I hadn’t even stepped out of the taxibefore scalpers asked if I had a ticket. The line stretched outside New YorkCity’s Roseland Ballroom as hundreds of people of all ages awaited Fiona Apple’ssold-out performance. Celebrities Leonardo DiCaprio, Gwyneth Paltrow and MandyMoore were among the masses.
When I entered the dark, smoky ballroom itwas packed. People pushed to the stage, not caring who got crushed as long asthey were as close to Fiona as possible.
I was surprised that rap groupJurassic 5 opened, but then again, I would have sat through MC Hammer to see herperform. Some people got into it but most were restless. After Jurassic’sperformance everyone was full of anticipation for what we thought would be agreat show of raw angst and pure talent.
As we awaited Fiona’s entrancethere was a surprise guest. Jimmy Falon of “Saturday Night Live” came outwith a hot-pink troll and sang eight short, funny versions of songs about thetroll. The audience loved it.
Then the lights dimmed. As Fiona ranon-stage, she began “On the Bound,” the first song off her second album,”When the Pawn …” She angrily pounded the piano keys wearing a long blackskirt and a red tank top with her trademark long, straight hair flying everywherewith each note.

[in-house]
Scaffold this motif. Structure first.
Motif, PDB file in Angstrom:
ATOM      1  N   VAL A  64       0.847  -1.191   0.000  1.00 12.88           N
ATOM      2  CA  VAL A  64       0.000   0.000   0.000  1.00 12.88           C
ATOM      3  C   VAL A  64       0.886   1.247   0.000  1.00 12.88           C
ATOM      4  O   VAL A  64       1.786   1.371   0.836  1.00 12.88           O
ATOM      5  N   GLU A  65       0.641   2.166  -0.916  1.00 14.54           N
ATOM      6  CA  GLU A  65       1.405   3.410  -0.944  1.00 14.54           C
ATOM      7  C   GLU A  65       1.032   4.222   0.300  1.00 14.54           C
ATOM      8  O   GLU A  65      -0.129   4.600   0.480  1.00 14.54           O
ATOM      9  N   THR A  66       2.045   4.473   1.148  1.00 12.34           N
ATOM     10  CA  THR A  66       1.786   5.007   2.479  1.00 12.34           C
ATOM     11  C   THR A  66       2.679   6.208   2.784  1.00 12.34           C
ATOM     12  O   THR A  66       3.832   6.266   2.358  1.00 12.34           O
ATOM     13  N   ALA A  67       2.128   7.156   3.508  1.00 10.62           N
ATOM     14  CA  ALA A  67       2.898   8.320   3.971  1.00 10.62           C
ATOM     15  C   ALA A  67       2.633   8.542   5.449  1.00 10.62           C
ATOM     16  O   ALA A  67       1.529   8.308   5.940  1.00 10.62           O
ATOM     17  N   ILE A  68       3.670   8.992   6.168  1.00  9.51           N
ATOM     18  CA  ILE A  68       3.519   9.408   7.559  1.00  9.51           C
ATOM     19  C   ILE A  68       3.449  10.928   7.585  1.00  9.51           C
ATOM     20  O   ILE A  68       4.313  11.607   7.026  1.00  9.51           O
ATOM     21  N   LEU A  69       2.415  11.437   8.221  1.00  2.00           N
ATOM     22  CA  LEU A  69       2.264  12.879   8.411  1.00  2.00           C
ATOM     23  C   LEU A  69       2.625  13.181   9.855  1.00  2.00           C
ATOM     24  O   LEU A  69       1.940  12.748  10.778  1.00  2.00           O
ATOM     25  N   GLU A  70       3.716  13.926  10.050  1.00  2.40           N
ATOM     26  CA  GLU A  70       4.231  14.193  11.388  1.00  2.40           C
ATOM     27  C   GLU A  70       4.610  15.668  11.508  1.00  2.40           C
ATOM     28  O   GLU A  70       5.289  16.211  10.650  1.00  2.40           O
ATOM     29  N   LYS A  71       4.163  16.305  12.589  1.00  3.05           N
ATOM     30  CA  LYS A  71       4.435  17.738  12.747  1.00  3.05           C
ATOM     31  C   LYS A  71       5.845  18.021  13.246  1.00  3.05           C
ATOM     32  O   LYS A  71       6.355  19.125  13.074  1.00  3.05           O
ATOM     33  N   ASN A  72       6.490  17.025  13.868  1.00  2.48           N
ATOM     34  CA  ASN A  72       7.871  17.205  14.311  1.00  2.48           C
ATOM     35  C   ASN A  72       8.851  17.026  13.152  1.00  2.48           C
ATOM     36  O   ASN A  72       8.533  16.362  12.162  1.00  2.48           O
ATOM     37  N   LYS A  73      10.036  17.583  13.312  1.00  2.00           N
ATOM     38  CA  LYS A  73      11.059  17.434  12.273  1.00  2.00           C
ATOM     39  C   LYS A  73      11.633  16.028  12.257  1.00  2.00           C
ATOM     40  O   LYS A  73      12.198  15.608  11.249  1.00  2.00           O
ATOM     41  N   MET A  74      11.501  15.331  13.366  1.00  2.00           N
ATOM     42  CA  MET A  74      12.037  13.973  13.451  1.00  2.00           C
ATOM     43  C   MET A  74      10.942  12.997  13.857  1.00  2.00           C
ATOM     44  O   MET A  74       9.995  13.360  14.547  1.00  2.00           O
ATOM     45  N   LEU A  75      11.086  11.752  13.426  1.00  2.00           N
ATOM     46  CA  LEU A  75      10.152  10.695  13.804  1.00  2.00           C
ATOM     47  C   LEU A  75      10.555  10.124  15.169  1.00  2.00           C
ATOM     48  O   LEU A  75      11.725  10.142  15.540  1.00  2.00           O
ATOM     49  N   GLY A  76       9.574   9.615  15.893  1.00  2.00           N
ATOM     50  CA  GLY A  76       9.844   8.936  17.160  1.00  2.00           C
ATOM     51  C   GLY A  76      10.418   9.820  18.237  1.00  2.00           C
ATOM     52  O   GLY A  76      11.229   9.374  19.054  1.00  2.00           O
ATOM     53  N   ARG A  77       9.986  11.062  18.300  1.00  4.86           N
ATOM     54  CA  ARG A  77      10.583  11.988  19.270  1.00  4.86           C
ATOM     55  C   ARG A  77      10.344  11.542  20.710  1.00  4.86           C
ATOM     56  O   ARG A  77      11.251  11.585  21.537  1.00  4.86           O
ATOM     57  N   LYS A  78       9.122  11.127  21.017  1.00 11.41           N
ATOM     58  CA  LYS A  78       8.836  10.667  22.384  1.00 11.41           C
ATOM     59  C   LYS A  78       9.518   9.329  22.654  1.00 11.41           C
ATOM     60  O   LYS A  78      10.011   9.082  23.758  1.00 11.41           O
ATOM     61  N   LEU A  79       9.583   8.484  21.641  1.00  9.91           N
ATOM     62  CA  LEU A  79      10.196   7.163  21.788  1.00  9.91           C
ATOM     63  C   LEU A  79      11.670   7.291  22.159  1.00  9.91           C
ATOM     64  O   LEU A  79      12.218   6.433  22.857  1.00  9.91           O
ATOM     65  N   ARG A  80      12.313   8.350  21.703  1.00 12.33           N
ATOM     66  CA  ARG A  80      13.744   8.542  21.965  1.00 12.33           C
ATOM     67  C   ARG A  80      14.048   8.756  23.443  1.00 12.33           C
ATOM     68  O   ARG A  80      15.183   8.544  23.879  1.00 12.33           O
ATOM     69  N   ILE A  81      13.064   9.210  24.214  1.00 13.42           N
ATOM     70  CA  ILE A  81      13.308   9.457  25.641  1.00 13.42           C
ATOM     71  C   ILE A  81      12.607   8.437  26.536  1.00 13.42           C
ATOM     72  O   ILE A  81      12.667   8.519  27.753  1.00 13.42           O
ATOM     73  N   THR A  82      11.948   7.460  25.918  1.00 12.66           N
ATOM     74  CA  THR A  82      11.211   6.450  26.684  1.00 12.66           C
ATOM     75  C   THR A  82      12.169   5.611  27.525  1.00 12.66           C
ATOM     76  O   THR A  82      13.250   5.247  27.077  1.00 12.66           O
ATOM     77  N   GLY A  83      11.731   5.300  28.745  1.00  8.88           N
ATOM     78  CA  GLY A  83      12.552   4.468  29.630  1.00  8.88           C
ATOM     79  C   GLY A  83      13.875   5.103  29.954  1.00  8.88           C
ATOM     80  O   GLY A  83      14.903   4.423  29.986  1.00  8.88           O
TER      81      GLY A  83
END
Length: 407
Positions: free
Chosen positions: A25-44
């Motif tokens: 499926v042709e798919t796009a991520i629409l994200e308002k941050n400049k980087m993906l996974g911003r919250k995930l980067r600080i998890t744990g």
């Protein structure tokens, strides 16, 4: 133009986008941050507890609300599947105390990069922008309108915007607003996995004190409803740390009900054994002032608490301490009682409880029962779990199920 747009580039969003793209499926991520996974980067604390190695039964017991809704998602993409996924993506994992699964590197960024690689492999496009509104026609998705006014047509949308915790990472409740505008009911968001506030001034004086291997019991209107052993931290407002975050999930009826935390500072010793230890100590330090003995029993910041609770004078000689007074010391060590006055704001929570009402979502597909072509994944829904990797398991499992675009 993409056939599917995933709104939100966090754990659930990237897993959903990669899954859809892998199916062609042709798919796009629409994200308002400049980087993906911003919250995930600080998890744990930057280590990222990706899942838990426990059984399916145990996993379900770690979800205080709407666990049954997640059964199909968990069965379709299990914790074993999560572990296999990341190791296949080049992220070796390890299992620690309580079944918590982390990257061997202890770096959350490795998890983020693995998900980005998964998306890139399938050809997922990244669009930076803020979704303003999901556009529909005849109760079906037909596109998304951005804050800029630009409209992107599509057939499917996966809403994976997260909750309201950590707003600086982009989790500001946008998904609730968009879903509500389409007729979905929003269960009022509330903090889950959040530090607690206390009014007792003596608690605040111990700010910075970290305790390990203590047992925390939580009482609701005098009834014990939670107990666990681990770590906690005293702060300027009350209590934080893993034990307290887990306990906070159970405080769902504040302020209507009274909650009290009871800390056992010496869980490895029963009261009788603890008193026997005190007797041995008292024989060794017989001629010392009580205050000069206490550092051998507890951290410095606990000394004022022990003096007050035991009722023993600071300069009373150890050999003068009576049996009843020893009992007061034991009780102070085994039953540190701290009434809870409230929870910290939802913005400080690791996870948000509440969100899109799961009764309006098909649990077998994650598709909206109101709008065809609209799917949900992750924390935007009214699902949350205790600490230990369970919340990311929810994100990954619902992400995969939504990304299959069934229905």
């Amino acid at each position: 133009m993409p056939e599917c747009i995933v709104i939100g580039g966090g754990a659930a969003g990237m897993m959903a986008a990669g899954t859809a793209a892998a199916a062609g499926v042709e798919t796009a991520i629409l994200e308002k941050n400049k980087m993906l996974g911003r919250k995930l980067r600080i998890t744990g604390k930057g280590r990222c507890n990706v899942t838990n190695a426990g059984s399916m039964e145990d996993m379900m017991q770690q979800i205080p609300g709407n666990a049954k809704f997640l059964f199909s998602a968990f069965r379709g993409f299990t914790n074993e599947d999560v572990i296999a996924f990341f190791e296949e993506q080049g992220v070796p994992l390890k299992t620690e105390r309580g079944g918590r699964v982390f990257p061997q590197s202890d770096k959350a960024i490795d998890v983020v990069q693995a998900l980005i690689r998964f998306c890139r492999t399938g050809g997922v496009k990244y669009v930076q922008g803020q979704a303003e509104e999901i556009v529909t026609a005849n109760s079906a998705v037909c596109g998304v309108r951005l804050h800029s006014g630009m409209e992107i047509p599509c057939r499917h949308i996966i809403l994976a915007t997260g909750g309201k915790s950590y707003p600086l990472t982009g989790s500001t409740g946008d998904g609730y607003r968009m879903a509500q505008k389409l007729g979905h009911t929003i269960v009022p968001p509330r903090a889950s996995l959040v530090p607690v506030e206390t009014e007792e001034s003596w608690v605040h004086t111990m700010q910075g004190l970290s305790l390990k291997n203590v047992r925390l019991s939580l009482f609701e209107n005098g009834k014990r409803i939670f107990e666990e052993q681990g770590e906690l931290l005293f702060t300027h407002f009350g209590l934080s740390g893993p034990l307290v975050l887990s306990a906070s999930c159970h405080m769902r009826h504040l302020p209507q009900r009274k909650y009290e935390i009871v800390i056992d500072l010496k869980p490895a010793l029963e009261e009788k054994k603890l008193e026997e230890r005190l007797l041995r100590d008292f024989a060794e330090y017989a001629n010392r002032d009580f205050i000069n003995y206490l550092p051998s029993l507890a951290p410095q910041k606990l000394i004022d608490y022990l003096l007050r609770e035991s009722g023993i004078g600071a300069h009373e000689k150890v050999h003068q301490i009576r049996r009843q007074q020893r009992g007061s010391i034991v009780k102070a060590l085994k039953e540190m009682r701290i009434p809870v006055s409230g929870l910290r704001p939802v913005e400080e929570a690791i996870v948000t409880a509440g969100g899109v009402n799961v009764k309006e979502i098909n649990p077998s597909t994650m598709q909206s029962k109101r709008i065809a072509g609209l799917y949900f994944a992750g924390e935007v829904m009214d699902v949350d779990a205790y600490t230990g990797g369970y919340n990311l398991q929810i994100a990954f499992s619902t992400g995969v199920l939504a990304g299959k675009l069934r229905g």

Things were going fine, but then suddenly the showchanged. We watched as Fiona became angry and screamed, “I can’t hearmyself,” and began to cry. As she danced she jerked her body around as ifinvisible forces were guiding her. It was clear she was becoming very angry, andreminded me of a line from “On the Bound” that proclaims, “Hell don’tknow my fury.”
Technical problems were keeping Fiona from hearingherself. It became harder and harder for her to stay composed and soon she wassobbing through songs, barely able to keep up. The audience yelled encouragment -“You’re beautiful,” “We love you,” “You’re doing great” – but thewords fell on deaf ears.
Fiona yelled at concert reviewers to put awaytheir notebooks, bashed Roseland’s sound system and apologized to the crowd forher performance. She yelled lyrics of songs and had to stop and restart”Carrion” before she finally gave up. The crowd felt for her as shetearfully apologized again and again. The sad part is, she really sounded good,despite the technical problems. She just didn’t know.
At one point shetold the crowd she was going off-stage for five minutes while they tried to fixthe monitors, but she never returned. We were told Fiona could not continue, butto keep our ticket stubs for a free concert to make up for this one. The crowdwas upset, but slowly filed out. Many expressed sympathy for her, some wereannoyed. However you look at it, I am glad I was there. I knew it would be noordinary show, and I was right.